King Alfred the Great has long been regarded as the archetypal symbol of the nation's perception of itself. Beset throughout his reign with the reality or threat of Viking invasions, Alfred battled fiercely and suffered heroically in leading his people to their eventual victory; at the same time he promoted the causes of religion and learning, and by the example of his government upheld truth, justice and the Anglo-Saxon way. Moreover, although himself fundamentally English (with West Saxon parents and a Mercian wife), he stood for a combination of political interests which made it easier to pass him off as prototypically British. Certainly he has done well, over the years, from the processes which turn history into legend. It may have taken a while for the cult to get going; but once up and running, the bandwagon could not be stopped. My purpose in reviewing the development of the cult of King Alfred is to explore the variety of factors which in their different ways contributed to the process from the ninth century to the present day, and to show how Alfredophilia, and latterly Alfredomania, found expression not only in religious, legal, political and historical writing, but also in much else besides. The overdy ‘literary’ manifestations of the cult of King Alfred, in poetry, drama, music, and prose, are not unfamiliar; yet they must be taken in connection with manifestations of the cult of King Alfred in sculpture, painting, engraving, and book-illustration, and all placed in whatever contexts may be appropriate, if we are to understand how the image of the king was formed and then transmitted to the next generation.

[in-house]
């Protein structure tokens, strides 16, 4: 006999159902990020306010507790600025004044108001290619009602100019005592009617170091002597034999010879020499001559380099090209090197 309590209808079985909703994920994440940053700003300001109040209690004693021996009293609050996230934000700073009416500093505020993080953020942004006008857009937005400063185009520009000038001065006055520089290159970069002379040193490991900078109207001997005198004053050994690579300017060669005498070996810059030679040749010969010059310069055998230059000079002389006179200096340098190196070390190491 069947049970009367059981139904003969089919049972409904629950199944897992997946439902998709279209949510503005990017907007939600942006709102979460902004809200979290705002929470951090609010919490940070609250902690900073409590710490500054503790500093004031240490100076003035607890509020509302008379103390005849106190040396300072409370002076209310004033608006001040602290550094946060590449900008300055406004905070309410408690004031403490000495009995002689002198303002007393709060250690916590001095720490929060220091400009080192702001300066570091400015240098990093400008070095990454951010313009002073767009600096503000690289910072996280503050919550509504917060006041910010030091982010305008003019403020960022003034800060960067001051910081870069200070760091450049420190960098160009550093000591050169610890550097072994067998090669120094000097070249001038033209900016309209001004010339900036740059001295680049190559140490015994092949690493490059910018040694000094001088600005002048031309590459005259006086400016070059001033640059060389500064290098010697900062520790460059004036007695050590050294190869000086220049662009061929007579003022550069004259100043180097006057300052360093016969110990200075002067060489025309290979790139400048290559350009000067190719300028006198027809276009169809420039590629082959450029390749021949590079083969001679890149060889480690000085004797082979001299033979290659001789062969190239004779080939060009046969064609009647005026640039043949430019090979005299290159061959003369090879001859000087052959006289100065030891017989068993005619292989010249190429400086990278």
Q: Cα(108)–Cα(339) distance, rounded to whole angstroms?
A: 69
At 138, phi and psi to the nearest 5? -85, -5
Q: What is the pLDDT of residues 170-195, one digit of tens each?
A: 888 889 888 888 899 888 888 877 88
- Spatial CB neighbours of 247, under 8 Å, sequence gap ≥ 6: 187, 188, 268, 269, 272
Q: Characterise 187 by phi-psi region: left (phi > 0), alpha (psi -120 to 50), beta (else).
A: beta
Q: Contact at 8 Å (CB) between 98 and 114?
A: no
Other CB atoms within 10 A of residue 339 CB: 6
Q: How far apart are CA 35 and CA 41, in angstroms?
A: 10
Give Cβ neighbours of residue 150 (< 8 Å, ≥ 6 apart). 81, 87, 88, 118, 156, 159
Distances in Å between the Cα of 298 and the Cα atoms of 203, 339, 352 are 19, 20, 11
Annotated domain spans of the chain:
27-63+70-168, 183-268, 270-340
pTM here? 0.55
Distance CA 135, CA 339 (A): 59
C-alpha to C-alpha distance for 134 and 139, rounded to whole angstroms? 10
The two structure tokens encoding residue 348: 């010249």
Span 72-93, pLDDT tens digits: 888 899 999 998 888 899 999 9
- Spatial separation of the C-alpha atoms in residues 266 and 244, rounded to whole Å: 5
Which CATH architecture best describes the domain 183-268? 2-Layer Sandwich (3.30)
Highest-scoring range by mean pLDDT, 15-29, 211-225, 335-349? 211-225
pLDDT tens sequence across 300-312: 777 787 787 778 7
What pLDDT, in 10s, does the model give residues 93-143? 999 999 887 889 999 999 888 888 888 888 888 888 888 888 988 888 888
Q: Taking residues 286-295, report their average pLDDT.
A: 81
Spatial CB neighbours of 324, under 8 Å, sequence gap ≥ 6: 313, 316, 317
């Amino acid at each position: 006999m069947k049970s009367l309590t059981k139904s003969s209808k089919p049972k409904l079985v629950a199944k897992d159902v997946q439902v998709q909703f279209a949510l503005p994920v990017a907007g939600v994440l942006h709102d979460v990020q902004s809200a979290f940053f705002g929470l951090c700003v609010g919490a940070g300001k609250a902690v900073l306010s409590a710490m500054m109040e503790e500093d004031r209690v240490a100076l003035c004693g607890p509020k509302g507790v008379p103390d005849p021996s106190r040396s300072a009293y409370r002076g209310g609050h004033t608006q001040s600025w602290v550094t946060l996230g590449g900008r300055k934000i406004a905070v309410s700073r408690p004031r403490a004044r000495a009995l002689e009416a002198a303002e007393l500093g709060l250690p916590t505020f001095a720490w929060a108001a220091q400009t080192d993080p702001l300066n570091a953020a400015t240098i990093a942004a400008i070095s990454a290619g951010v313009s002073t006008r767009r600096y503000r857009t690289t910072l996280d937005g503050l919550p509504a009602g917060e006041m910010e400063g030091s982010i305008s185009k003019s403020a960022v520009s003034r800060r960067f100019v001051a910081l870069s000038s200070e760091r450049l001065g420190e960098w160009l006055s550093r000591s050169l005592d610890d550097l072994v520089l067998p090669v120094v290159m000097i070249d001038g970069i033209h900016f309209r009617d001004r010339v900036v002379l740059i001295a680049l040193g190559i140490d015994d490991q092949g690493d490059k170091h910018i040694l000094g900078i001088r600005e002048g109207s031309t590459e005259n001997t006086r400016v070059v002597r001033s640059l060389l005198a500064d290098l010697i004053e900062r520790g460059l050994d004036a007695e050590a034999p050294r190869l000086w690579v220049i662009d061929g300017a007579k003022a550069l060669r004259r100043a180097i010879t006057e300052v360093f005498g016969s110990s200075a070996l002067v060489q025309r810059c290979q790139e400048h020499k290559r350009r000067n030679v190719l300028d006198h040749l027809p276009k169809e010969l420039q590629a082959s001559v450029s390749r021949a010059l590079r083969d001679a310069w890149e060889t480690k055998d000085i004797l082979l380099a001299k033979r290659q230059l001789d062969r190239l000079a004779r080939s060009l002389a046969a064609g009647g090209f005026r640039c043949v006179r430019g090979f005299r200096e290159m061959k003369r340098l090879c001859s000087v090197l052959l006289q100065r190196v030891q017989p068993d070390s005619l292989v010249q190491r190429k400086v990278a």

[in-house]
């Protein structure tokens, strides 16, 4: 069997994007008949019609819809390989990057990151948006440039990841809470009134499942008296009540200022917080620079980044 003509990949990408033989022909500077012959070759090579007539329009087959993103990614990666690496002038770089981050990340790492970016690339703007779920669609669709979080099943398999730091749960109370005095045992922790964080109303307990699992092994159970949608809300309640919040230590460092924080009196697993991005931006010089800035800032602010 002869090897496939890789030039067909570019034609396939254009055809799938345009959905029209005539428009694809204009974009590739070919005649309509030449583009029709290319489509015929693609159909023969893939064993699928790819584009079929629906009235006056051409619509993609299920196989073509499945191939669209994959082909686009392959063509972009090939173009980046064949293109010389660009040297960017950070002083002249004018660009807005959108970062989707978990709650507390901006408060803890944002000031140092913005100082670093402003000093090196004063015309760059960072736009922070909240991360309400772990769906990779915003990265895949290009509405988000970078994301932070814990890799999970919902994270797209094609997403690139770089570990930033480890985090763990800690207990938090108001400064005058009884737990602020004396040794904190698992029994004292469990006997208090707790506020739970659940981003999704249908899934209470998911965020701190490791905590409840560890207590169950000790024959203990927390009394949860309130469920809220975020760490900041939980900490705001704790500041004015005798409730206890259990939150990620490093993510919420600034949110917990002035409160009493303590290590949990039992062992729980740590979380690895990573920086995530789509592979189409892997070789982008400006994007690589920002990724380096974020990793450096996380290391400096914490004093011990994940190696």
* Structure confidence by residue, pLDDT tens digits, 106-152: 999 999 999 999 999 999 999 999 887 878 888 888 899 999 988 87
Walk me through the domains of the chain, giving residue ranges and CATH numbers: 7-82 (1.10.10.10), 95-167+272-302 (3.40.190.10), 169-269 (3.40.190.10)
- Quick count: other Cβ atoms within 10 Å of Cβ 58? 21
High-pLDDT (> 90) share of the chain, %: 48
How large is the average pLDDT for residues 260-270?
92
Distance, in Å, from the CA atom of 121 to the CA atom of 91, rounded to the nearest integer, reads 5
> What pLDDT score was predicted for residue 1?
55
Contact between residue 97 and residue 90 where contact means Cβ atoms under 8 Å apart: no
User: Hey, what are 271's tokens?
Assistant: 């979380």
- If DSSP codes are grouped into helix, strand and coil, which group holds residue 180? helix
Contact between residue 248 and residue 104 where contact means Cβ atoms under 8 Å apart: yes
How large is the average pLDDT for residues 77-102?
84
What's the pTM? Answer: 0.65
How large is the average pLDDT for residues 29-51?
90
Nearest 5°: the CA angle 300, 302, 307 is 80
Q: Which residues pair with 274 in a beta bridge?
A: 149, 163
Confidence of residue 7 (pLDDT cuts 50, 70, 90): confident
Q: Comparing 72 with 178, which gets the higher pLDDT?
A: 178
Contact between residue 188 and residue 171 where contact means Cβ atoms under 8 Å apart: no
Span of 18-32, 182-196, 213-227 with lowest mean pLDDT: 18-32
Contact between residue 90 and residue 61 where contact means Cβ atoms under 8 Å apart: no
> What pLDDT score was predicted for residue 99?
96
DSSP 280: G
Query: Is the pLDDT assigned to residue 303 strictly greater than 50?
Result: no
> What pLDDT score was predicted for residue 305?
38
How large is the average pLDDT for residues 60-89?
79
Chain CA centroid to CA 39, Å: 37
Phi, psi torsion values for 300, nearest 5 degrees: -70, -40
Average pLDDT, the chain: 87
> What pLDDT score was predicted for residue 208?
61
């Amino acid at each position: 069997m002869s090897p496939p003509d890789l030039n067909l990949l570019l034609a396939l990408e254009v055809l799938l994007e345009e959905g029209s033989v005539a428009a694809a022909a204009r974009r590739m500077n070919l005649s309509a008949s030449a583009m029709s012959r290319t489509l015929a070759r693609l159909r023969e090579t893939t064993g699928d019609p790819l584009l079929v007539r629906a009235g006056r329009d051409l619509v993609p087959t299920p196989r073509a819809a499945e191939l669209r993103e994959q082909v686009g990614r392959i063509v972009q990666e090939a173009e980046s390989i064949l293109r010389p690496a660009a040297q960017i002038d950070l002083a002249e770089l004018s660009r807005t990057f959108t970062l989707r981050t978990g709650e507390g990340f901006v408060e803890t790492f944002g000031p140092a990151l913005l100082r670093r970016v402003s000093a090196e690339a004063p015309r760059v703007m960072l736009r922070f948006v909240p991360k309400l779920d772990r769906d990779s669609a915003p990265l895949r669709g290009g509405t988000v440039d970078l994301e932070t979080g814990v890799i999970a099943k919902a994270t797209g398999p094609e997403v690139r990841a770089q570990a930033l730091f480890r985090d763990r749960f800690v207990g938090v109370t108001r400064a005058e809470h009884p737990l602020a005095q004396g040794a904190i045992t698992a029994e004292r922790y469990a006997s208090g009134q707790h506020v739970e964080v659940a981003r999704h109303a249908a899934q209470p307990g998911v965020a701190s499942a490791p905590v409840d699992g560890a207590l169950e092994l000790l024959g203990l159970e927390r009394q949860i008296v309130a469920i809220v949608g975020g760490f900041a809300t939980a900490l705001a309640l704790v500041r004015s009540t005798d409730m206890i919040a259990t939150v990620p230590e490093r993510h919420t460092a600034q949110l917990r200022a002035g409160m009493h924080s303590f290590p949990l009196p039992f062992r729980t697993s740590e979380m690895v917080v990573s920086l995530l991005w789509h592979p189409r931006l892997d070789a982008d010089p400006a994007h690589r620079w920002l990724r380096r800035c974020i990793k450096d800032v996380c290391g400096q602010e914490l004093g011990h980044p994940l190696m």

* Views captured on Cambridge Core between <date>. This data will be updated every 24 hours.
Usage data cannot currently be displayed.